Pre-excitation Index

Pre-excitation index is a measurement derived from a maneuver done during narrow complex tachycardia to differentiate between AV nodal re-entry and AV re-entry from an accessory pathway. Additionally the numerical value gives a clue as to the potential site of the accessory pathway.

The principle behind the index is to get the distance from the pacing site to the tachycardia circuit based on the ability of a premature impulse to get into the excitable gap.

The original description (by Miles et. al.)  stated – “pre-excitation index is the difference between the tachycardia cycle length and the longest coupling interval a premature ventricular  impulse could pre-excite the atrium during tachycardia” Lets dissect the statement with the following series of diagrams.


Lets assume that there is an orthodromic AVRT going on based on a right side accessory pathway

We have a catheter in the RV apex and we start putting premature impulses – first at near the next beat and progressively with shorter coupling interval. For argument’s sake lets assume that the pacing catheter is in the circuit.

We start putting premature PVCs and when very close to the tacycarida cycle length, the PVC cannot enter the circuit as it meets refractory tissue. Therefore it is clear that the PVC has to come in earlier and earlier to find the excitable gap. (Very early PVCs would terminate the tachycardia by colliding with the tail of the previous cycle.)

Pre-excitation index - how the pacing impulse is timed.
Pre-excitation index - how the pacing impulse is timed. In both instances the tachycardia is same. Its a narrow complex orthodromic AVRT using a right sided AP. In panel A, we time a PVC which is too early in the cycle and therefore it meets refractory tissue. The timing cycles are not change and there is no effect to the tachycardia by this beat. In panel B, the PVC is a bit late and just enters the excitable gap at its tail end. This PVC pre-excites the atrium (purple arrow head) and resets the tachycardia. Since the tachycardia is reset, the post pacing interval is equal to the tachycardia cycle length assuming we are right in the circuit. In practice, what we do is put PVCs commencing at about 2/3 of the V1V1 interval and slowly increase the coupling interval (CI) until pre-excitation ceases. If the paced impulse is very early, it may terminate the tachycardia by extinguishing both orthodromic and antidromic limbs of the circuit.

So when we progressively shorten the coupling interval, the PVC finds the excitable gap and pre-excites the atrium.  At this point, it is apparent that it is basically resetting the tachycardia and the paced wave would go around the circuit it and come back to electrode in the native tachycardia cycle length. (This exactly similar to what we saw in Entrainment – 1)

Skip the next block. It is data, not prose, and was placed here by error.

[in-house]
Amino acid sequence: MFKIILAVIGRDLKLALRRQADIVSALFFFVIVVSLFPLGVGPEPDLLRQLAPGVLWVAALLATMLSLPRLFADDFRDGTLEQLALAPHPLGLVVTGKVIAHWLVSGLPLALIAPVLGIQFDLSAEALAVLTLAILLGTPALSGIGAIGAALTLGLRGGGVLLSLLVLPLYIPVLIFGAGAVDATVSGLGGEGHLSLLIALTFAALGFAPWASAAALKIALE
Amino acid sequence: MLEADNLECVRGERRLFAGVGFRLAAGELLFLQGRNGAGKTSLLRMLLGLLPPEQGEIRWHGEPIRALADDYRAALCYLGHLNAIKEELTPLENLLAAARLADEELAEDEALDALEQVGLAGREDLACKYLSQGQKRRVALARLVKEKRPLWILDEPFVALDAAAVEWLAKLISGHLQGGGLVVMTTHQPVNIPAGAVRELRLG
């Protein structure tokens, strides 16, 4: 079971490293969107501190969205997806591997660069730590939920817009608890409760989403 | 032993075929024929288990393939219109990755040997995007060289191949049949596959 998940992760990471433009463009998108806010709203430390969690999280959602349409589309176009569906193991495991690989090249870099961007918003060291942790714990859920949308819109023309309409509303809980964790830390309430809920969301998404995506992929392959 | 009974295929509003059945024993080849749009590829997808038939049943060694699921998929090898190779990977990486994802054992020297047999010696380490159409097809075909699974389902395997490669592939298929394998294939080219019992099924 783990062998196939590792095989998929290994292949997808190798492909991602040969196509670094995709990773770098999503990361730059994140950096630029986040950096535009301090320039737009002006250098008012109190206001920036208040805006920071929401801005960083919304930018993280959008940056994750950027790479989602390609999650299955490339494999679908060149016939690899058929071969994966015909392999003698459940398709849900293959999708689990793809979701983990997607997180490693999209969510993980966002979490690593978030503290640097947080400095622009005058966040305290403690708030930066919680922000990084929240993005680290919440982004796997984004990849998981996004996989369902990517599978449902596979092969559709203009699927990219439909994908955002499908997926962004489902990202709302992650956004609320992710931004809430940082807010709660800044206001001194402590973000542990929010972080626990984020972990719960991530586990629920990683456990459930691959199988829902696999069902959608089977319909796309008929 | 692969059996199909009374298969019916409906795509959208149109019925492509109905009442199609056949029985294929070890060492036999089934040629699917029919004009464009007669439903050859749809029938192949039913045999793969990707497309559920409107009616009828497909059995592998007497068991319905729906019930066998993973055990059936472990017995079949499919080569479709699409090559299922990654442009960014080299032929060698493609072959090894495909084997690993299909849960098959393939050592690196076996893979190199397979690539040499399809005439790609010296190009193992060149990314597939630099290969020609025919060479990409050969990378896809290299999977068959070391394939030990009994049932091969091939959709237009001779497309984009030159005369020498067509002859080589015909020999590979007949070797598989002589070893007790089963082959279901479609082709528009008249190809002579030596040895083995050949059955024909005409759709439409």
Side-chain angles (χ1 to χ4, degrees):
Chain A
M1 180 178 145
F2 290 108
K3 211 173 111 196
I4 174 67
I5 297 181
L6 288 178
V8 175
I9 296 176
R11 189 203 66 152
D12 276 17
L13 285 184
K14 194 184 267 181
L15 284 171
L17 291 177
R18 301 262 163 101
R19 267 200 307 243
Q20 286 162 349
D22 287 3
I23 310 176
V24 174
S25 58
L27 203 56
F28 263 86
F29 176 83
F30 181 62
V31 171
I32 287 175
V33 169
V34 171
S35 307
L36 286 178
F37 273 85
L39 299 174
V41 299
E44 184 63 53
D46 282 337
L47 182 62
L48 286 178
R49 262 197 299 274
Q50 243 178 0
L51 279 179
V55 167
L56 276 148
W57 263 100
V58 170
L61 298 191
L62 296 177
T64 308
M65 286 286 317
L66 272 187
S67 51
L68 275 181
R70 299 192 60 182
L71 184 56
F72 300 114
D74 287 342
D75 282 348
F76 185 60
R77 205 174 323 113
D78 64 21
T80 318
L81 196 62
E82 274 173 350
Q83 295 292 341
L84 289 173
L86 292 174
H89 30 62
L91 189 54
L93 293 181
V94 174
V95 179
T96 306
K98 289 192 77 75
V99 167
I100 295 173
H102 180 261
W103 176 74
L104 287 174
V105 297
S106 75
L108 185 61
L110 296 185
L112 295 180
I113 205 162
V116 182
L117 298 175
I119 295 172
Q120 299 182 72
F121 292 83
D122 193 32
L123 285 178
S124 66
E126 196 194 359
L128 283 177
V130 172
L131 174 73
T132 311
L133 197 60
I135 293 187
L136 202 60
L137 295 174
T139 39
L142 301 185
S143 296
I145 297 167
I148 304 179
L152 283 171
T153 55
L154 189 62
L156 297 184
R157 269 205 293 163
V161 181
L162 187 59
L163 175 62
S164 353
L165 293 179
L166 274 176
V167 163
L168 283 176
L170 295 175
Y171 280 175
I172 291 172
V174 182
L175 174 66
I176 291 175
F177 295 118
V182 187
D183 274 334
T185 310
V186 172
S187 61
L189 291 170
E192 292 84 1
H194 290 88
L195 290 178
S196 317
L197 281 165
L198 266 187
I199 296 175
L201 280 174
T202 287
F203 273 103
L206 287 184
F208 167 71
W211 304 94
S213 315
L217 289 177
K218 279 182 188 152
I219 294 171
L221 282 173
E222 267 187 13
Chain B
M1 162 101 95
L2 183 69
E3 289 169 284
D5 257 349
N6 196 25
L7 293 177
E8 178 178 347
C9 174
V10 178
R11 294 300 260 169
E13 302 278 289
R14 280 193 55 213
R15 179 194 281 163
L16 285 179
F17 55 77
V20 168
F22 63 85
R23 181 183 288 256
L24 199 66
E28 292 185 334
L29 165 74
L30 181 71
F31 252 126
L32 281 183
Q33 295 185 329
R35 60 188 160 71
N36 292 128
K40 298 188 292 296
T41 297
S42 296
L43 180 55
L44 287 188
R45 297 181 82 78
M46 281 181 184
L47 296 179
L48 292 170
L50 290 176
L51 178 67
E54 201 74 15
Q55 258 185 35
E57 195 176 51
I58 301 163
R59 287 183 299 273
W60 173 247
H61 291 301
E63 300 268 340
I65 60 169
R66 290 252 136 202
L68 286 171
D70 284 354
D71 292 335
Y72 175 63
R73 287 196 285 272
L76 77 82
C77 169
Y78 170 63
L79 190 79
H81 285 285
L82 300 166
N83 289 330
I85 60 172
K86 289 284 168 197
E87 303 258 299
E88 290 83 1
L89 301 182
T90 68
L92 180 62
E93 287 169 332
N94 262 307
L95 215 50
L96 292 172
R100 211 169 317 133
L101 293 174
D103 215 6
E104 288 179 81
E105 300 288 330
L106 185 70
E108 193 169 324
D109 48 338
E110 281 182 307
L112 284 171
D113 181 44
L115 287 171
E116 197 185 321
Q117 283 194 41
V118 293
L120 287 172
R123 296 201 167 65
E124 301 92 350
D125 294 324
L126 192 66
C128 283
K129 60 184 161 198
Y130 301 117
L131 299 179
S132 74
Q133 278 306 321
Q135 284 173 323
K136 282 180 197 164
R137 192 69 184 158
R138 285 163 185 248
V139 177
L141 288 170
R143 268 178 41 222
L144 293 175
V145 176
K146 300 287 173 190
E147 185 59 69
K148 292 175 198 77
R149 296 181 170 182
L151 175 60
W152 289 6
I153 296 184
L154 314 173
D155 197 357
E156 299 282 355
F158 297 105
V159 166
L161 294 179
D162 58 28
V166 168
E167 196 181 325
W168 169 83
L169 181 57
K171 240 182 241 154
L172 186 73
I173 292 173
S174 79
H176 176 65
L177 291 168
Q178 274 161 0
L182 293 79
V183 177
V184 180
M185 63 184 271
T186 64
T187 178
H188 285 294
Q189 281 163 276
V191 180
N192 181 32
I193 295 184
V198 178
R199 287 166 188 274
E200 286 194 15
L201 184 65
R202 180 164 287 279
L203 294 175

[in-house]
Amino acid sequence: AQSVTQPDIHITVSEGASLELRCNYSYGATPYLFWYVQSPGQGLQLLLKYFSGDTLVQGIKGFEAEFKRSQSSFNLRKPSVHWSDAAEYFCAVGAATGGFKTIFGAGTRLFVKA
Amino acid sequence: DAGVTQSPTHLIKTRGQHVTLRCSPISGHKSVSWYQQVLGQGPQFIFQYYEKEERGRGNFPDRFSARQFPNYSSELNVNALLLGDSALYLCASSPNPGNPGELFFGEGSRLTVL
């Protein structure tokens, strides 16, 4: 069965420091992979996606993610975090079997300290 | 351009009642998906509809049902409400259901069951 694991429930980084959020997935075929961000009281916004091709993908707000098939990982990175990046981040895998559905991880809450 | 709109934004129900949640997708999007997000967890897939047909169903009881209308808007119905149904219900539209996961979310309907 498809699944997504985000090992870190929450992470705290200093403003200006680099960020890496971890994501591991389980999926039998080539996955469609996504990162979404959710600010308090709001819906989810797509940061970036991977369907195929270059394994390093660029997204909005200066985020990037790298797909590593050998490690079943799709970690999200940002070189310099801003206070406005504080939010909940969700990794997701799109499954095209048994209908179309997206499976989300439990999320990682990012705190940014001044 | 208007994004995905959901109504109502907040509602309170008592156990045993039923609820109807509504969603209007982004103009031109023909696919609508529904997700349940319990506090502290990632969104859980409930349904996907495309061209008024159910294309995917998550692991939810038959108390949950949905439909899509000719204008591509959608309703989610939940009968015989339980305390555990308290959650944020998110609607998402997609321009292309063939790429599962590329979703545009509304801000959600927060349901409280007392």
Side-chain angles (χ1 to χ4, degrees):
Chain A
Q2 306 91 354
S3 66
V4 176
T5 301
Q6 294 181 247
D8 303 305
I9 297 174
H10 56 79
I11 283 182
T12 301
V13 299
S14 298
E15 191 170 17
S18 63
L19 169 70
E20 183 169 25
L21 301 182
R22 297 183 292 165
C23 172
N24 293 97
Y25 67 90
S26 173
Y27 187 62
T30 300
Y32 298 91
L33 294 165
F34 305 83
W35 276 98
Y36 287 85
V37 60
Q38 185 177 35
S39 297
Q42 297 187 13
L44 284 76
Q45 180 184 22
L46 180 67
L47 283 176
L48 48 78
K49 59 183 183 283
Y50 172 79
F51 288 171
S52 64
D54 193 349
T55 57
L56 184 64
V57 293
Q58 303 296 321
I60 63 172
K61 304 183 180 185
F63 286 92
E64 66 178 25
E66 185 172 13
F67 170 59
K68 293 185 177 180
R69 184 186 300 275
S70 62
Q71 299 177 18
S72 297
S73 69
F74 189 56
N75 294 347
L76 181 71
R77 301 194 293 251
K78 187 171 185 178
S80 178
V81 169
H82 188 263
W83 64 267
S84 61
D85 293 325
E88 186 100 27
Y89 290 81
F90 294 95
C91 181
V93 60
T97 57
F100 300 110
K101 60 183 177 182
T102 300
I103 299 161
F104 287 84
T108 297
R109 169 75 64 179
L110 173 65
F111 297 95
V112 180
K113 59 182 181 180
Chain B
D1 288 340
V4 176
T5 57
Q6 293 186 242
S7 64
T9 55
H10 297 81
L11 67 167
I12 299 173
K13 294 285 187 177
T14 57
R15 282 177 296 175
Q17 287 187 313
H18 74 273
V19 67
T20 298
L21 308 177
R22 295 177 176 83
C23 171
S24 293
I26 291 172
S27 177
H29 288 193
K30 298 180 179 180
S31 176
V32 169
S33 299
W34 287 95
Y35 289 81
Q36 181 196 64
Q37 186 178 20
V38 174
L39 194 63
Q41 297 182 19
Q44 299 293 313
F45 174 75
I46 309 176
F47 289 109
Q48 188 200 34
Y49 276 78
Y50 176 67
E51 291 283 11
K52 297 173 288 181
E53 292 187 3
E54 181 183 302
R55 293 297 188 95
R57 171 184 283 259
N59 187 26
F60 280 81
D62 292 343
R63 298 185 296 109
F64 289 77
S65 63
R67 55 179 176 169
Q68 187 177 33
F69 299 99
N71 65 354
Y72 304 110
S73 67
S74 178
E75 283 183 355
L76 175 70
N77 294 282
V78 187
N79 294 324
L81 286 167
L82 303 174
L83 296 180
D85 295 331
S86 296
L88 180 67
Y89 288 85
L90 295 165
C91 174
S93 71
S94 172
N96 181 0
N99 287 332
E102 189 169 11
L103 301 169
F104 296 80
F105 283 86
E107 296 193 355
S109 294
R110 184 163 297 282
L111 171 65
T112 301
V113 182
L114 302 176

In other words, the PVC with the longest coupling interval which captures excitable gap and pre-excites the atrium represents a PVC which has managed to get into the excitable gap at its tail end (i.e. just before the next active wavefront). From the diagram it is apparent that at that point the TCL by the paced PVC has to be equal to the TCL – i.e. the post pacing interval has to be equal to the tachycardia cycle length.

But whats special about entering the excitable gap at its very end ? – because that will prevent an excessively short coupling interval to the APin other words we prevent decremental conduction in the AP by keeping the paced cycle length as close as possible to the native cycle length. As described below, the most value of this maneuver is to identify septal pathways – of some which can be decremental. Therefore a random PVC might be too early to the  AP causing decremental conduction.

Pre-excitation index - the calculation.
Pre-excitation index - the calculation. Once we find out the longest coupling interval of the PVC which pre-excites the atrium, we subtract that from the tachycardia cycle length to determine the pre-excitation index. This is basically PPI-TCL and if we are dead in the circuit, it has to be 0 ms. But almost always, the RV apical catheter is away from these circuits. Therefore the calculated Pre-excitation index basically equates to PPI-TCL plus the x-distance up and down.

The pre-excitation index statement requires us to substract the longest PVC coupling interval (V1V2) from the TCL (V1V1). In theory, if we are in the circuit AND in the excitable gap, the numerical value would be zero (similar to PPI-TCL).

But in practice we are at the RV apex and therefore out of circuit. Since we are exactly aiming to the end of the excitable gap, any difference in the V1V1-V1V2 should represent the distance which the PVC has to travel to enter the circuit.

example of pre-excitation index values
Pre-excitation indices in various accessory pathway configurations.

As per the original description, Miles found out that a antero-septal APs had the least pre-excitation index (a mean of 17 ms) explaining their closeness to the pacing site. Postero septal APs were a bit away and therefore their mean pre-excitation index was 38 ms. In comparison, left free wall APs had a large pre-excitation index of 88ms. They also saw apparent pre-excitation of AVNRTs ( which is theoretically possible if the pace manages to get into the excitable gap in the AVNRT circuit). However this was associated with pre-excitation index of > 108 ms, not surprising given the distance needed to travel to get into the circuit.

Therefore pre-excitation index is a useful maneuver to confirm and get a clue as to the location of a given AP. (Mainly differentiate between posteroseptal and other APs)

The reason why we look for the longest coupling interval that pre-excites the atrium is to find the end of the excitable gap for the PVC to enter without decrementing the AP

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